UVM’s fifth Legislative Summit focused on water topics

Photo by Sally McCay
Raju Badireddy (right), UVM assistant professor of civil and environmental engineering and director of the Water Treatment & Environmental Nanotechnology Lab, discusses groundwater contamination with legislators at UVM’s fifth Legislative Summit. This year’s event took the form of a “slam.” After a brief presentation, faculty took questions from legislators for an extended period in a roundtable format.

Nearly 50 state legislators took part in the fifth annual Legislative Summit at the University of Vermont last week.

The theme of the event was “Water: How Will We Ensure That It Is Clean and Plentiful,” and the discussion was divided into three parts: groundwater contamination, causes and consequences of algal bloom, and Lake Champlain as sentinel.

The aim of these summits is to help inform lawmakers on details surrounding important issues that they will focus on in the upcoming legislative session.

“The goal of this year’s Legislative Summit is to maximize the exchange of information between scientists at the University of Vermont who study various aspects of water, and legislators from Montpelier, who have to make policy about these very issues,” said Richard Galbraith, UVM’s vice president for research, who attended.

UVM faculty in disciplines ranging from natural resources, geology and public administration to agriculture and civil and environmental engineering met with the lawmakers to share information from their research programs.

The elected officials appreciate the opportunity to study up on important issues. UVM graduate and former trustee Sen. Chris Bray D-Addison is chair of the Senate Committee on Natural Resources and Energy.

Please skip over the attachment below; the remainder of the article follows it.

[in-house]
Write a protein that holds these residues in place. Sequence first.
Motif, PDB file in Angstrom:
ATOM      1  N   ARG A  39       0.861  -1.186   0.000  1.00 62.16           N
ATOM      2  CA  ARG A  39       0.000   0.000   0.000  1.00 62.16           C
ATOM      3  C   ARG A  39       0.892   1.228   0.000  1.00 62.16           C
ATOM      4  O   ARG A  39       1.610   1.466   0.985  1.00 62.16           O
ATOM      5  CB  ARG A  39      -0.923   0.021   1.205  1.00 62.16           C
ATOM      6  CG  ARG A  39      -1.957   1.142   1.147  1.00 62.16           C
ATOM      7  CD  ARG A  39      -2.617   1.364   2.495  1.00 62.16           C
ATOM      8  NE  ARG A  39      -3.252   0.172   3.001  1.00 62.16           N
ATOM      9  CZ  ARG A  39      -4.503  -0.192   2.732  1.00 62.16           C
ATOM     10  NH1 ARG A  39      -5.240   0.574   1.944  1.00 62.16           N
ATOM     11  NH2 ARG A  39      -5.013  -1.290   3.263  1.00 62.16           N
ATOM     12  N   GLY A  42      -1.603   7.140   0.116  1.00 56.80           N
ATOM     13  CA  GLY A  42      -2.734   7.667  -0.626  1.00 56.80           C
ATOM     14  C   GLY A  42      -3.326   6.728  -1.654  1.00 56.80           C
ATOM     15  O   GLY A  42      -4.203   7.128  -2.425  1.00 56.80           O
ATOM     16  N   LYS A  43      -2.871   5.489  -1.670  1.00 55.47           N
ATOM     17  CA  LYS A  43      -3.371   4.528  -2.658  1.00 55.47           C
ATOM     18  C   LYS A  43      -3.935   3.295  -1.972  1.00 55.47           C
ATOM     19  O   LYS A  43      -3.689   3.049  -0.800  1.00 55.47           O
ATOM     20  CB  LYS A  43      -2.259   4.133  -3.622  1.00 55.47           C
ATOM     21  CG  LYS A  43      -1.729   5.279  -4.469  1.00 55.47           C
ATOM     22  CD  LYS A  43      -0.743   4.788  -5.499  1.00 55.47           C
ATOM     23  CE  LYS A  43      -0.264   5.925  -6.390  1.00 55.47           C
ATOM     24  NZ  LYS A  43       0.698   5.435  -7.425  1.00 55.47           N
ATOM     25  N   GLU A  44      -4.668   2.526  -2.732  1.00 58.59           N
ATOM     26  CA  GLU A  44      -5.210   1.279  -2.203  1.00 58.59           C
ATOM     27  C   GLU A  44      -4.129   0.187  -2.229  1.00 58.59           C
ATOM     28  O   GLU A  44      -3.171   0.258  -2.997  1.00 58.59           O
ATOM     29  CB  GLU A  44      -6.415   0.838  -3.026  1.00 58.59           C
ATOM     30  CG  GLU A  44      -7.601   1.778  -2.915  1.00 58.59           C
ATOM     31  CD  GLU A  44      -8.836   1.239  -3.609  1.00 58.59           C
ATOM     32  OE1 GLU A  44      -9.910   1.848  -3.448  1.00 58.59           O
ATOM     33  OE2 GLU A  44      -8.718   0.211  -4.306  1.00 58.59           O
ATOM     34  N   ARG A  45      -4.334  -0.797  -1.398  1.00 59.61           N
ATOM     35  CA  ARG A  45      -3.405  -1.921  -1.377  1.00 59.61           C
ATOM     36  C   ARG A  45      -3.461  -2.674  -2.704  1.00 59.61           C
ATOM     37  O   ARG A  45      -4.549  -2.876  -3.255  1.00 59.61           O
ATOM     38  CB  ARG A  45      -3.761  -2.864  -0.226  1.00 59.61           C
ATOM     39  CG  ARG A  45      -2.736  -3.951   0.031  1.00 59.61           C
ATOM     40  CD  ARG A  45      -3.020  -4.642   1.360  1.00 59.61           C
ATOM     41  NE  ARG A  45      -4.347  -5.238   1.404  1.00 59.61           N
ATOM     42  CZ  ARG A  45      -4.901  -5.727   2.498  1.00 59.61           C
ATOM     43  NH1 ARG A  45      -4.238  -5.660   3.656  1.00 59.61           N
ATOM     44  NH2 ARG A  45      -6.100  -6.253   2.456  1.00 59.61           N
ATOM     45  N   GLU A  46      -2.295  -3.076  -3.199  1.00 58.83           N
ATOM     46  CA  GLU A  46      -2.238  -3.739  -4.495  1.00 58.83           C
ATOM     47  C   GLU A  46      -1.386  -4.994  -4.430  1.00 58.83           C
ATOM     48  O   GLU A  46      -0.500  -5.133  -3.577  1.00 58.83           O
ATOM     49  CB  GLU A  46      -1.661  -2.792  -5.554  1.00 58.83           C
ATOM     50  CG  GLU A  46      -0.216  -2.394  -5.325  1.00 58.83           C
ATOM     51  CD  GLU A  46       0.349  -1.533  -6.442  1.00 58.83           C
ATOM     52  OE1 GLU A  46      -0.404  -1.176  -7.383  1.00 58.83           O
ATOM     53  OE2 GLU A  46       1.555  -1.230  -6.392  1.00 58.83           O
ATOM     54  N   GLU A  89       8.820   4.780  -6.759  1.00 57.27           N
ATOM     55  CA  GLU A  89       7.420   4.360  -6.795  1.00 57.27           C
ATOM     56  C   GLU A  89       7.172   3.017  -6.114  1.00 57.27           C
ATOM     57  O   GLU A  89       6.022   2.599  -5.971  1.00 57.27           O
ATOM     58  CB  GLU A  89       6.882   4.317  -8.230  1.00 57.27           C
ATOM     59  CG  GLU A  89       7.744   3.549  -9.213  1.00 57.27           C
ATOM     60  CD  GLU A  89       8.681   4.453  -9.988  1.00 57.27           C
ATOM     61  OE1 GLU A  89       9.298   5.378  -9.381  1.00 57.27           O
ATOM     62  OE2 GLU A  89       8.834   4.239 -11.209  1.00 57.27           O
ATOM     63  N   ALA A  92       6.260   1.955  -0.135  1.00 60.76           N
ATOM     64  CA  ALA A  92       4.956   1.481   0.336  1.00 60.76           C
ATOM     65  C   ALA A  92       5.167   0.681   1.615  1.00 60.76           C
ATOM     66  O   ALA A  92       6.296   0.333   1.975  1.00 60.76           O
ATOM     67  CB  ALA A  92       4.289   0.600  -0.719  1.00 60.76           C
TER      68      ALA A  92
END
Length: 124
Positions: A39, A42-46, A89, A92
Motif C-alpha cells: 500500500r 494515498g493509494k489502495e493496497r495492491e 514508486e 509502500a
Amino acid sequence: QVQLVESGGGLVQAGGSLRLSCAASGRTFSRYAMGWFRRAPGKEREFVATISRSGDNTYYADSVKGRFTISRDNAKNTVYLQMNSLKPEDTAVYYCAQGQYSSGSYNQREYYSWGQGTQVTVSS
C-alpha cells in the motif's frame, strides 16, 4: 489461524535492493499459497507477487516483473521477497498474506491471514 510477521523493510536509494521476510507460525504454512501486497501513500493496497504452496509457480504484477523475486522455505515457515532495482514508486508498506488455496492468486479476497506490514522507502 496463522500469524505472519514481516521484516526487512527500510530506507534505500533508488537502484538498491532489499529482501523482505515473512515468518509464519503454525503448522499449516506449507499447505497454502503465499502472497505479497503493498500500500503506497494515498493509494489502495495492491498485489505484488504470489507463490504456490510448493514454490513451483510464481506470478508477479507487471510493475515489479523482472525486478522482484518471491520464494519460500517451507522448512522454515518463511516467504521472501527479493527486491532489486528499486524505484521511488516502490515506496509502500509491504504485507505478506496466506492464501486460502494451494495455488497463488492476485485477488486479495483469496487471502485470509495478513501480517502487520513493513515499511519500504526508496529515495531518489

He pointed out that Vermont’s citizen legislature is valuable but it also has its limitations. “I love the legislature, but I also realize that we don’t have the expertise for a lot of very complicated things that come our way,” Bray said. “I’m always up for opportunities to help us educate ourselves, and I think that’s where an event like the summit can really help.”

Mindy Morales-Williams, an assistant professor in the Rubenstein School of Environment and Natural Resources, whose work focuses on the relationship between blue-green algae blooms and carbon cycles, said the event puts her research into immediate practice.

“It’s so important for us to communicate our science, and getting our science out there,” she said. “Often we are in a bubble, and we just go about our business doing our science. But without communicating it and influencing legislation and policy, there’s no point in doing it.”

Bray said he hoped the summit would lead to even more collaboration in the future where UVM faculty can make an ongoing contribution. “I’d like to turn this into an ongoing dialogue,” he said. “They could be providing testimony or consulting with individual legislators.”

This year’s event was organized as a “slam.” Faculty presenters in each of the topic areas had four minutes to give an overview of their research. Afterward, legislators could meet with them for questions and discussion.

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